Double Door: The Heart of Wicker Park Is Still Beating
When you’re hunched beneath the Blue Line tracks where Milwaukee Avenue meets North and Damen, 2014 can still look an awful lot like 1994.
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For 20 years, it's been there, hunched beneath the Blue Line tracks where Milwaukee meets North and Damen. Current residents of Wicker Park may regard it as an oddity or an institution, a cheap place to go dancing or a bedrock of the Chicago music scene. But whatever they think of the Double Door, most can't remember the neighborhood without it.
Sean Mulroney and Andy Barnett remember. They'd followed Wicker Park during Chicago’s brief "next Seattle" phase in the early '90s, taking note of everything from the major-label triumph of the Smashing Pumpkins to the crowds of A&R professionals looking for the next Smashing Pumpkins at clubs like the Empty Bottle and Lounge Ax. That was the problem, really—for all of its hype, Wicker Park still lacked a venue befitting its tastemaker status.
Enter Mulroney and Barnett. Partnering with Joe Shanahan and Joe Prino of the Metro, they acquired a dusty honky-tonk at 1572 N. Milwaukee Ave. called the Main Street Tavern. After dispatching the resident cowboys, who hassled them for being corporate sellouts, the foursome set to work. They named their new club the Double Door, an homage to the tiny package store whose former space still serves as the club’s band entrance on Milwaukee.
The Golden Age
The crown jewel of Chicago's coolest neighborhood opened on a warm June night in 1994 with an acoustic set from former Commotions frontman Lloyd Cole. That show would kick off the club's golden age, a time when it played host to some of Chicago’s most memorable musical moments of the ‘90s.
In 1995, during a spat with the white-hot Smashing Pumpkins that saw him banned from their shows, Chicago Sun-Times critic Jim DeRogatis camped outside on a lawn chair, basing his story on the songs that seeped through the Milwaukee Avenue side’s conveniently placed windows.
The Rolling Stones staged a secret show there before their sold-out Soldier Field concerts in 1997, announcing the appearance via an understated message on the marquee that simply read "The Rolling Stones. $7." Roger Ebert was in attendance that night, and opened his breathless review with the observation every club longs to hear: “The room was so small, it was like everyone was in the front row.”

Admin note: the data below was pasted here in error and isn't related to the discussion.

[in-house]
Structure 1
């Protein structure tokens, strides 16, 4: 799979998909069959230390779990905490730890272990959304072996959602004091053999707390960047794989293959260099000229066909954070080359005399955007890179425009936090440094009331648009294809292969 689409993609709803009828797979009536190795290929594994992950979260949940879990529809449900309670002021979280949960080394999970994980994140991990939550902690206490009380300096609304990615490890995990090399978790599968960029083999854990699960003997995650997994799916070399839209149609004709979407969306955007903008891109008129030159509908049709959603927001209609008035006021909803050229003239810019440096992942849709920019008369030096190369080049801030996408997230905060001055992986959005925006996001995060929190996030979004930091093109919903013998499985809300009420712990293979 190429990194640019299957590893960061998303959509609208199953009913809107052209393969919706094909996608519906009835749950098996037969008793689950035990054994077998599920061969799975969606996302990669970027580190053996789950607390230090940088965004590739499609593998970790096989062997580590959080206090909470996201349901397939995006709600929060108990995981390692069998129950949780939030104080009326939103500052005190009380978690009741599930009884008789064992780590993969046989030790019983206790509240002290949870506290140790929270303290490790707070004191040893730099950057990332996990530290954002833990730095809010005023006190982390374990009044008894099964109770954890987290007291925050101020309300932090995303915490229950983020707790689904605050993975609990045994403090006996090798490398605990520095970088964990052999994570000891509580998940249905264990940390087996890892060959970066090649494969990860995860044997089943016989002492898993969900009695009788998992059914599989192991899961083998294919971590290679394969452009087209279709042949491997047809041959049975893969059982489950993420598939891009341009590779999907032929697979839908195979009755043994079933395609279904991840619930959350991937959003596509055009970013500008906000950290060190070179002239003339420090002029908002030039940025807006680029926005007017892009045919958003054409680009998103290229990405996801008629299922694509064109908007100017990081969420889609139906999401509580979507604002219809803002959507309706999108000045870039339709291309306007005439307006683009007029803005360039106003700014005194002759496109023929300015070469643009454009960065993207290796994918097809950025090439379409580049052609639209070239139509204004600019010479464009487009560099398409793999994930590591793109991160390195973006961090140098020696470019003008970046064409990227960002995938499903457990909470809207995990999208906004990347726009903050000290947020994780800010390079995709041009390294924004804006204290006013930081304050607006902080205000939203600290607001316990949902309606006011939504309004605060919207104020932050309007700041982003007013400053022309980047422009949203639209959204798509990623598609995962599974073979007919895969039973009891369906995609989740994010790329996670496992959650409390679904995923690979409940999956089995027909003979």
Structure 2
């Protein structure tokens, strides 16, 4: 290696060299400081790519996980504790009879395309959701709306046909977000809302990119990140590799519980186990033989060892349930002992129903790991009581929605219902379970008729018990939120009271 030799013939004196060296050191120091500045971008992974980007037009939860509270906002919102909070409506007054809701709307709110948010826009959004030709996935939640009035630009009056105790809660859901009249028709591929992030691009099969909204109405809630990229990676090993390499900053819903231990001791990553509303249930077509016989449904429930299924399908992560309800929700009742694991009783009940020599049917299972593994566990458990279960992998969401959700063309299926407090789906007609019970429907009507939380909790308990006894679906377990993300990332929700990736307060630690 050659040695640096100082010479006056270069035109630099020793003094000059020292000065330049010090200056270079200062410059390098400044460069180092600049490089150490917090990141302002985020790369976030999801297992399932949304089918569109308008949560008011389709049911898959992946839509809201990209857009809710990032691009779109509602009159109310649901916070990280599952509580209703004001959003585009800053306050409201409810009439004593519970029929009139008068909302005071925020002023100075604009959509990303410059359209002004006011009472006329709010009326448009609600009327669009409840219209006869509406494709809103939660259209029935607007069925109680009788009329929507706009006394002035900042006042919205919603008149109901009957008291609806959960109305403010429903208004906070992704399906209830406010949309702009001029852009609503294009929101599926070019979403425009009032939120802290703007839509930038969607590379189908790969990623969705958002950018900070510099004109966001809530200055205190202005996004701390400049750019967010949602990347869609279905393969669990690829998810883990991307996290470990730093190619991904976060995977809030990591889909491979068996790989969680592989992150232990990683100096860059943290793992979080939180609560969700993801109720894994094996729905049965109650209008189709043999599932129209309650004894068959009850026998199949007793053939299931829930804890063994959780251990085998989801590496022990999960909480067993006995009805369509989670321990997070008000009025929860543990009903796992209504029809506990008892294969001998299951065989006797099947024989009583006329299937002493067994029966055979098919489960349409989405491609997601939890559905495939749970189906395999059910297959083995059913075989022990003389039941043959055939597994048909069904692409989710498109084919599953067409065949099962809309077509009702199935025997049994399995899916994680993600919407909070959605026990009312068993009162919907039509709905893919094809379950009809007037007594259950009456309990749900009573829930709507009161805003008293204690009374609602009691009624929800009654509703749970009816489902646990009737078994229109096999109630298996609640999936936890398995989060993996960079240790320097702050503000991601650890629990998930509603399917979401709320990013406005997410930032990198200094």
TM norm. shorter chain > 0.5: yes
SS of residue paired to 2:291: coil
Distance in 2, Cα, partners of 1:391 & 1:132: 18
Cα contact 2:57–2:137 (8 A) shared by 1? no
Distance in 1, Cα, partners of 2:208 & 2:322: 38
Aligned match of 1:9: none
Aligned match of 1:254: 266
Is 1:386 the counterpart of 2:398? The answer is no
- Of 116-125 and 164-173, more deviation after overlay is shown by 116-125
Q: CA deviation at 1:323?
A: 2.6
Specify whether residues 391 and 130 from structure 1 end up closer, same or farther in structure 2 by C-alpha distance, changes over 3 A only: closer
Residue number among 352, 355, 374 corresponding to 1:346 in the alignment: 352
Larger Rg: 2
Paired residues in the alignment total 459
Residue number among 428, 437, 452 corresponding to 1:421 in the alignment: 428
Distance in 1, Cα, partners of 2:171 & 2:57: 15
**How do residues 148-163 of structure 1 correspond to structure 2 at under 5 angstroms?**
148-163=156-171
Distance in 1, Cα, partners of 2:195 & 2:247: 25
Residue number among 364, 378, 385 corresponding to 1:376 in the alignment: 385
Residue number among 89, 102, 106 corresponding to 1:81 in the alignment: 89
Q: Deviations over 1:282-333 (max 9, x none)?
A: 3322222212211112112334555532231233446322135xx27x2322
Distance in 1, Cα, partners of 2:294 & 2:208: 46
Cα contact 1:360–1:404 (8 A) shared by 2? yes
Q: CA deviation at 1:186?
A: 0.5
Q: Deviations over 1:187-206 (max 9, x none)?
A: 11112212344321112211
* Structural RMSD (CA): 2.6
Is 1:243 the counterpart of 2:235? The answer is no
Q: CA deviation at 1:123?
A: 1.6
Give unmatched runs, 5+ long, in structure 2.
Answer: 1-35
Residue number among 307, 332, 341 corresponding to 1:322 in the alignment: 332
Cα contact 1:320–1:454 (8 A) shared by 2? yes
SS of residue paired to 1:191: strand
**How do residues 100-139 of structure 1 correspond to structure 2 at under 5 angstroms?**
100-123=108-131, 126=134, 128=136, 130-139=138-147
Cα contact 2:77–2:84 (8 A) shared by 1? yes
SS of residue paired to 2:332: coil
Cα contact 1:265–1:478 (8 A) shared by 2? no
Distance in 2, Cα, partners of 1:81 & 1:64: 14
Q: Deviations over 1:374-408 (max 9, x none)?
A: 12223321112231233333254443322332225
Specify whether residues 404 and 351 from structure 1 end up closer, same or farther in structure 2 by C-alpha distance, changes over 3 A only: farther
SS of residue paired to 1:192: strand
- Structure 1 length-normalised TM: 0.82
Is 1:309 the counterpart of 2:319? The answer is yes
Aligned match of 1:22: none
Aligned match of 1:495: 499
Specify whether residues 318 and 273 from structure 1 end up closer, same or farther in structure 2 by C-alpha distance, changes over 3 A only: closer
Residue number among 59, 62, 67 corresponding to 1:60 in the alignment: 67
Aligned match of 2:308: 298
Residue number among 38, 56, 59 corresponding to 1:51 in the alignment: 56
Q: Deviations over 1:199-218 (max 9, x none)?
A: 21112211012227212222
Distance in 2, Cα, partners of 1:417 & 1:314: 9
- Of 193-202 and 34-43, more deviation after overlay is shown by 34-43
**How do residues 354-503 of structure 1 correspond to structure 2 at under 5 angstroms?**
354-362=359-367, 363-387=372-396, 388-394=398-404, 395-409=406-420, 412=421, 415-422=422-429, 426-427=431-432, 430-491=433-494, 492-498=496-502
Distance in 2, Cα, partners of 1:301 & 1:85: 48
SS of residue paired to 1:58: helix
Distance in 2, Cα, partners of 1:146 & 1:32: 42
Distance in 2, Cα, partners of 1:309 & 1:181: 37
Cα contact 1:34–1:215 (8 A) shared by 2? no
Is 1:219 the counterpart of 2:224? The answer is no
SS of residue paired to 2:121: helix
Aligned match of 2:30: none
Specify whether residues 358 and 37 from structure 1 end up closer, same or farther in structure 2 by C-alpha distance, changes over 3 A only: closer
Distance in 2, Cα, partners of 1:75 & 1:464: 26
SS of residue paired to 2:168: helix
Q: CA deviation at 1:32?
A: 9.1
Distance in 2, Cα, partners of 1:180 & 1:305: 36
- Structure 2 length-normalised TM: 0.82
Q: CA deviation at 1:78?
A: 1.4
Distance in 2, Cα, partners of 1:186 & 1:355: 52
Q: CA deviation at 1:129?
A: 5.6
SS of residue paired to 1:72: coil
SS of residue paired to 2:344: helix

The club was also a home away from home for Chicago’s hippest eccentrics, none more famous than the late Wesley Willis. The gargantuan keyboardist was a regular, whether he was noodling through a set on the main stage or headbutting his way into the crowd afterward. His second album is named after the club, and even features a pen-and-ink drawing of the iconic neon sign done in his inimitable style.
During this time, the Double Door’s fame even reached Hollywood: along with the soon-to-shutter Lounge Ax, the club made a memorable cameo as one of Rob Gordon’s haunts in High Fidelity.
From Upstart to Neighborhood Mainstay
By the early 2000s, the once-upstart Double Door had become a prime target for developers. In 2004, a gentrifying population and a dispute with the landlords spawned a rumor that the club was soon to be replaced with—gasp!—a Banana Republic. Fans launched an immediate petition campaign and even filled up a city courtroom in a show of support for their beloved venue. When asked about the turnout, owner Sean Mulroney simply said, "We were absolutely blown away."
Perhaps in response to its mid-decade close call, the Double Door has adapted to meet the demands of an evolving neighborhood. Since 2010, it’s been the rump-shaking home of the popular free dance night Soul Summit. That dedication to dance goes even deeper. No, literally—this year, the club converted its downstairs bar into Door No. 3, a showcase spot for the city’s up-and-coming DJs.
Some things stay the same, though. You can see for yourself on any balmy summer night. Cast in the warm pink glow of the club’s neon, scenesters and socialites from across Chicago still get their hands stamped as they head through the doors on Damen Avenue. Although the neighborhood’s different, it’s a ritual that hasn’t changed for 20 years.
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